Breaking a drought of high-level US-Russia exchanges since the visit to Moscow of NSA Bolton in June, US Energy Secretary Rick Perry made a surprise visit to Moscow (September 13) and met the Russian Ministers of Finance and Energy. The principal objective of the visit was apparently to explore the possibility of Russian cooperation in keeping oil prices in check when the Iran sanctions kick in fully – on the eve of the mid-term US Congressional elections. A US press release said the two Ministers discussed how the two countries, as leading oil and gas producers, could cooperate “to ensure world energy market stability, transparency, and sustainability”. There was no indication of the Russian response or of what was offered in return for Russia taking a cut in its oil revenues. They also discussed their “mutual responsibility” to ensure that nuclear power is managed for peaceful purposes.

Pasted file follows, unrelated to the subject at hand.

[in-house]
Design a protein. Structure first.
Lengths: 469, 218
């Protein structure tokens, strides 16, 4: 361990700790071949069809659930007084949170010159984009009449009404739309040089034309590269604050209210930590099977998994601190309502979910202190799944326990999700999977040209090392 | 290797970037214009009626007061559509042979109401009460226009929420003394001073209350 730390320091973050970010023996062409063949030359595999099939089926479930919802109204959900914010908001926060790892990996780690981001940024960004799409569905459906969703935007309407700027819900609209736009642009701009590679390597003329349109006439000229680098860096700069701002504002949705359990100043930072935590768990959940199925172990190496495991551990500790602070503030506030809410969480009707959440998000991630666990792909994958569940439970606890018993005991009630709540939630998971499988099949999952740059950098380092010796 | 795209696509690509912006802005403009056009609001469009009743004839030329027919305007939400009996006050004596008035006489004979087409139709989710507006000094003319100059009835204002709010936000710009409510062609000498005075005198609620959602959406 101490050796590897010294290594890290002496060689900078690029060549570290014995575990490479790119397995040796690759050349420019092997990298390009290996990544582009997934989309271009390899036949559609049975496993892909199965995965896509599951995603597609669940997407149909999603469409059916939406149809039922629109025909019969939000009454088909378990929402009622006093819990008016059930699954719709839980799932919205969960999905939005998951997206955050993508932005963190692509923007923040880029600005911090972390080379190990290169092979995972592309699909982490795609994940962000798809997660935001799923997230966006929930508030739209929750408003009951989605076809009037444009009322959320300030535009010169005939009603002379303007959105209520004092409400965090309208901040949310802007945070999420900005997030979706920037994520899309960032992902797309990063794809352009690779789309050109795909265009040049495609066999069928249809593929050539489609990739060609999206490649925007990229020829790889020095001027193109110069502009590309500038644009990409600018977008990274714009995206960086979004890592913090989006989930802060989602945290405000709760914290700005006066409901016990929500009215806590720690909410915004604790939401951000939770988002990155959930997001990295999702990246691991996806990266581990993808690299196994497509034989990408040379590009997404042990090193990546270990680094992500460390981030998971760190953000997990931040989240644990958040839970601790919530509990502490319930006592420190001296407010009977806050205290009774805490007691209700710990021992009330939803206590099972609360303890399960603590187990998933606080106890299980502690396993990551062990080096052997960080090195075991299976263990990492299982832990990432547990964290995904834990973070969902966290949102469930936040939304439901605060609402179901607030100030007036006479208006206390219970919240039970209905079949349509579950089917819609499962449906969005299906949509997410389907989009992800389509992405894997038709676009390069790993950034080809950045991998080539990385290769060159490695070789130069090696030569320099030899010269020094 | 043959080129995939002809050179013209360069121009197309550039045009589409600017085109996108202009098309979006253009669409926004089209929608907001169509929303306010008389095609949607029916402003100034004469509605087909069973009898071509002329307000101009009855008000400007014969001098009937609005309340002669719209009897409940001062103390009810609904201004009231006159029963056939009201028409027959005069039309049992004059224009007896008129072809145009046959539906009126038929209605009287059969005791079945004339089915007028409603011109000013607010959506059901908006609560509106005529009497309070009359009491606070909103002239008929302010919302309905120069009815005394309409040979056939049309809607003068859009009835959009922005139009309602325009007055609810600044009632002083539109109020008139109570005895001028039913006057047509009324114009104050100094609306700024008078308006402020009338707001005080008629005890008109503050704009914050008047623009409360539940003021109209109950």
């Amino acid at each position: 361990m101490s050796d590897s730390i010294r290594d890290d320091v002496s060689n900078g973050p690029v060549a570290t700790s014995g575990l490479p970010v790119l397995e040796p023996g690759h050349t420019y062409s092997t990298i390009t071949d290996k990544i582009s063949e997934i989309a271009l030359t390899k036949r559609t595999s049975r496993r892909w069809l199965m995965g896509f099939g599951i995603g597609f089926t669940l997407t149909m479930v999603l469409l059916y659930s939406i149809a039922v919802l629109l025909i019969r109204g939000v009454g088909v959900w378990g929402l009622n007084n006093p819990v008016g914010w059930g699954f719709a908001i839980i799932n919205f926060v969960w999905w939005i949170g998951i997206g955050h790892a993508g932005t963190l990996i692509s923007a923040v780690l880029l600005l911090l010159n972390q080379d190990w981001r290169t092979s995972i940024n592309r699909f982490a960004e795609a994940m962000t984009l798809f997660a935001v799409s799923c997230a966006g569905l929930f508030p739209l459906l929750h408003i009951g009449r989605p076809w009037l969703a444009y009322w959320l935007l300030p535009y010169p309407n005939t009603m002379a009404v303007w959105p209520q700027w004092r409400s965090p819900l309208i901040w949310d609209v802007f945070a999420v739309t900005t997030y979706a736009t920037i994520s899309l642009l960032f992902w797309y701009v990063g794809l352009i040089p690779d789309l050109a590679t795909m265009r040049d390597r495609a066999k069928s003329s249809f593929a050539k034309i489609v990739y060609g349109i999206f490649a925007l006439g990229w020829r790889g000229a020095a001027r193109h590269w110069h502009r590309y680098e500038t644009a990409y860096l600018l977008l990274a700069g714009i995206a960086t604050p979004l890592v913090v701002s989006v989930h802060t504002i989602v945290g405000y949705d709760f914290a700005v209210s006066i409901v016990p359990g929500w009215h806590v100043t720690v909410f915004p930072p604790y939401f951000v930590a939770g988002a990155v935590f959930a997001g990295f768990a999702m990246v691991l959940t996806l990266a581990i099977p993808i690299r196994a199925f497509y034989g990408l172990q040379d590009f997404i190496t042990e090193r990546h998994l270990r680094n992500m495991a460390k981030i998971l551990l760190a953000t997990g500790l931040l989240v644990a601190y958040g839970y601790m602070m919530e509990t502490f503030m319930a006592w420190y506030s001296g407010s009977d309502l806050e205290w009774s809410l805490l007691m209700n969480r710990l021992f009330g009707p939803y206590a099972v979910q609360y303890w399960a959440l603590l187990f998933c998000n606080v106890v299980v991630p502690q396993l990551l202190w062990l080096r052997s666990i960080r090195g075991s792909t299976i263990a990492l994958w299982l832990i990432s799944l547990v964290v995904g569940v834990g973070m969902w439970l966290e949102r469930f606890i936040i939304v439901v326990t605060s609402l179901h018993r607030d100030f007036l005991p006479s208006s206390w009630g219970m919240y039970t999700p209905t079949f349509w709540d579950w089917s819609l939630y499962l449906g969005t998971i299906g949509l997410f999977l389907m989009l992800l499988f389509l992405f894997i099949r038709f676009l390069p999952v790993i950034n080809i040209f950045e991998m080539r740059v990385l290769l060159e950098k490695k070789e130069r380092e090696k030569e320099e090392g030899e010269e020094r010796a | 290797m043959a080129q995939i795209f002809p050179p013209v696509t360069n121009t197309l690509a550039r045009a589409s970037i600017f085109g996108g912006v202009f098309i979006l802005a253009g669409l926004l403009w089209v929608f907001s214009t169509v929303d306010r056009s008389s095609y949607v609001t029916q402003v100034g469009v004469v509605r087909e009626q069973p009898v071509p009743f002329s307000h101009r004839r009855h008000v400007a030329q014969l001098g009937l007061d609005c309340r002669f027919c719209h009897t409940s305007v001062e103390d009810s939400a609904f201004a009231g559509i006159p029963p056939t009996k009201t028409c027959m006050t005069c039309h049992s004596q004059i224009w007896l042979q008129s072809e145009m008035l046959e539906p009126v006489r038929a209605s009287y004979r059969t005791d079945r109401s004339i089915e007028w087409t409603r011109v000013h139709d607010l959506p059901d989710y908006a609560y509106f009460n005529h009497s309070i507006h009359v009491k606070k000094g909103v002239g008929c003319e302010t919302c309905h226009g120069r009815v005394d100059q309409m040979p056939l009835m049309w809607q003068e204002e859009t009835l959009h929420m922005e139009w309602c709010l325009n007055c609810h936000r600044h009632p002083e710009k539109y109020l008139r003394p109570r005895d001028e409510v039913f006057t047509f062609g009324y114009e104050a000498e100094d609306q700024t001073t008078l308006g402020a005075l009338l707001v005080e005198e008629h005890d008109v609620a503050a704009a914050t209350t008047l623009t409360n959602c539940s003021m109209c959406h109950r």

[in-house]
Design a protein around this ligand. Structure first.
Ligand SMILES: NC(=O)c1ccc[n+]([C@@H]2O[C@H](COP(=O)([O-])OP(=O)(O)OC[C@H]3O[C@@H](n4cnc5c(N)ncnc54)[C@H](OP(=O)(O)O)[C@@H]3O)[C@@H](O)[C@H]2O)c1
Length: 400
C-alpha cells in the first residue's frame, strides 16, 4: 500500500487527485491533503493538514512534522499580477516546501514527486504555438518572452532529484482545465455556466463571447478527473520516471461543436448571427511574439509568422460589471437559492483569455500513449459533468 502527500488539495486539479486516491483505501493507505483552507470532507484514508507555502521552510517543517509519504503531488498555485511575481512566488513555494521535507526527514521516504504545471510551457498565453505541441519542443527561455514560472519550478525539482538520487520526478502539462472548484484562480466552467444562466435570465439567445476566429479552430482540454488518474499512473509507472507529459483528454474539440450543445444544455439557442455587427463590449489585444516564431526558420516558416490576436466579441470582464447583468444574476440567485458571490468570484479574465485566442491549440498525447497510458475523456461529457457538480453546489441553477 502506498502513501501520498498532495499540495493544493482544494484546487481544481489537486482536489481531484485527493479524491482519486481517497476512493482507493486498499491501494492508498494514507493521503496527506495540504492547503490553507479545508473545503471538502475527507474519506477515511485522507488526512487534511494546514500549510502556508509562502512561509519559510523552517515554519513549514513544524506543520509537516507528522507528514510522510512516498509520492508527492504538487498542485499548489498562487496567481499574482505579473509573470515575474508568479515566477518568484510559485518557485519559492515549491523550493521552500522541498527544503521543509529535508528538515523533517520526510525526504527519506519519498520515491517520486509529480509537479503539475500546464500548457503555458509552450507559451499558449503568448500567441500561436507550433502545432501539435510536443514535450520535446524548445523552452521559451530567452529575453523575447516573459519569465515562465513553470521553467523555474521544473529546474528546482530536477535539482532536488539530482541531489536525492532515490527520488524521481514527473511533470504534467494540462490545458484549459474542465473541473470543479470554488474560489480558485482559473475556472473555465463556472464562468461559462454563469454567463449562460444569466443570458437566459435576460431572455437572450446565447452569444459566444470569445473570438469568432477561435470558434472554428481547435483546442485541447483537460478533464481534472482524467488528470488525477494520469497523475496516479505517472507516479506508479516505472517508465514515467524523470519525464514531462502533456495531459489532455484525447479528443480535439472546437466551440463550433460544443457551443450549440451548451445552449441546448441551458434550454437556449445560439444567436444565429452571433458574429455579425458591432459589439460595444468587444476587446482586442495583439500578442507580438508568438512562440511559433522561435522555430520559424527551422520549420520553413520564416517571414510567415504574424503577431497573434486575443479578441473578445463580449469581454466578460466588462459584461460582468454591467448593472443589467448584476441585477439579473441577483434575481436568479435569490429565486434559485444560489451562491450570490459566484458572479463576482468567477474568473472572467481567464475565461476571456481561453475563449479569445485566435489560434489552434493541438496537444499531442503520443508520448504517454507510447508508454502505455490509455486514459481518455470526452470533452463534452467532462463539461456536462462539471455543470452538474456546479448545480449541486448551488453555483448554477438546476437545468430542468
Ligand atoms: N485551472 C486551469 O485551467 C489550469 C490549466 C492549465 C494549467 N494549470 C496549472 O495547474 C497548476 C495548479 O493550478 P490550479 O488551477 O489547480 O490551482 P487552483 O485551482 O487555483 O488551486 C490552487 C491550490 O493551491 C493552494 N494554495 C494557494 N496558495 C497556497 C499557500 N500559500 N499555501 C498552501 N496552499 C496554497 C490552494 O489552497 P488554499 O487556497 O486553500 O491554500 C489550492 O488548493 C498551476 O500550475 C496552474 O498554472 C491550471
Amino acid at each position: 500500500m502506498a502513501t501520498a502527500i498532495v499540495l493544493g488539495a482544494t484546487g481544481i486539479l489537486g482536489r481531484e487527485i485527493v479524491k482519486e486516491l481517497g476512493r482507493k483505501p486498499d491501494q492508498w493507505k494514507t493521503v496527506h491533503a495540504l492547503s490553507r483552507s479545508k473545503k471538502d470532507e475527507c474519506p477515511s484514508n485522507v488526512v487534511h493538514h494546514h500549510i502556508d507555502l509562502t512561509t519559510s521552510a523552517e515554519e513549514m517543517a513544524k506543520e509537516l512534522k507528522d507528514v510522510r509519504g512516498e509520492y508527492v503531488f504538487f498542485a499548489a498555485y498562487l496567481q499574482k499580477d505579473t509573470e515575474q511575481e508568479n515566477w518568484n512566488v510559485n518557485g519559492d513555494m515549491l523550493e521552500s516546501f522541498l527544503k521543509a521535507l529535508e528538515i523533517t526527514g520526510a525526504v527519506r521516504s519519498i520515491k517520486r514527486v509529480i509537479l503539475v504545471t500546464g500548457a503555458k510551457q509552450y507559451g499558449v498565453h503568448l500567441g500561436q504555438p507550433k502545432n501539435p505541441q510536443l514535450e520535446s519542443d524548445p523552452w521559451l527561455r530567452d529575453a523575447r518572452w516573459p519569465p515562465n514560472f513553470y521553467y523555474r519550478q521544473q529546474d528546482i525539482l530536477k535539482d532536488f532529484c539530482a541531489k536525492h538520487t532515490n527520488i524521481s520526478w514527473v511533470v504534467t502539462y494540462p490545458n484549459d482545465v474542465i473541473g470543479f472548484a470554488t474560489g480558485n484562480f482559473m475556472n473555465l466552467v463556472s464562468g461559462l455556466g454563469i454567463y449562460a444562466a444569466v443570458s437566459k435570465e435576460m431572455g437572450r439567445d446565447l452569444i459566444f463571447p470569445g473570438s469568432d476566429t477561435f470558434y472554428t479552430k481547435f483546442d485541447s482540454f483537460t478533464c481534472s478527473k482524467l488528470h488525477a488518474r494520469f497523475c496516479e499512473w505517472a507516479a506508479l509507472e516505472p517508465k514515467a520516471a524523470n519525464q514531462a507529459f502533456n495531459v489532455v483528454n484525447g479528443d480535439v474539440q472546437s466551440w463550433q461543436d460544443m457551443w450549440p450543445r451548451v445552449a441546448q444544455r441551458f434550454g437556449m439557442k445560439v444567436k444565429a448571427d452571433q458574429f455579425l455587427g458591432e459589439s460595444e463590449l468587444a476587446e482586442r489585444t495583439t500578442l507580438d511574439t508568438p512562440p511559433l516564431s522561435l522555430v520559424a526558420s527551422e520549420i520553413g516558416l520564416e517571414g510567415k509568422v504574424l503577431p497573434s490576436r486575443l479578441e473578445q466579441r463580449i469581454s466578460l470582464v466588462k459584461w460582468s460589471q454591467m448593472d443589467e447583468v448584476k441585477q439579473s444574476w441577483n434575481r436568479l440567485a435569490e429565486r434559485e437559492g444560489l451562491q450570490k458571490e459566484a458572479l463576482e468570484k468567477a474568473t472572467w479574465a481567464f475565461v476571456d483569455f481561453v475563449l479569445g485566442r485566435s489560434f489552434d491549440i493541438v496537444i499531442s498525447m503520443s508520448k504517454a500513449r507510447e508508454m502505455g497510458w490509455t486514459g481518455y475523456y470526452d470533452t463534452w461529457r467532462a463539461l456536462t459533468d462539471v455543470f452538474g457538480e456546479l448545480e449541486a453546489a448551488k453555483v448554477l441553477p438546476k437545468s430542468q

Secretary Perry also issued a warning on the Russo-German Nordstream 2 gas pipeline project, describing it as Russian use of energy as an economic weapon. The same message was reiterated a few days later by President Trump in a joint press meeting in Washington with the Polish President (another staunch opponent of the project). At the same meeting, President Trump indicated that the US would not impose sanctions on the European companies invested in the project [German, French, Dutch and Austrian]. However, the German government seems to have received different indications: a senior German official was quoted as saying that US sanctions on the European companies may be imposed as early as before the November elections. If this happens, it could have repercussions well beyond US-Russia relations.
September 30, 2018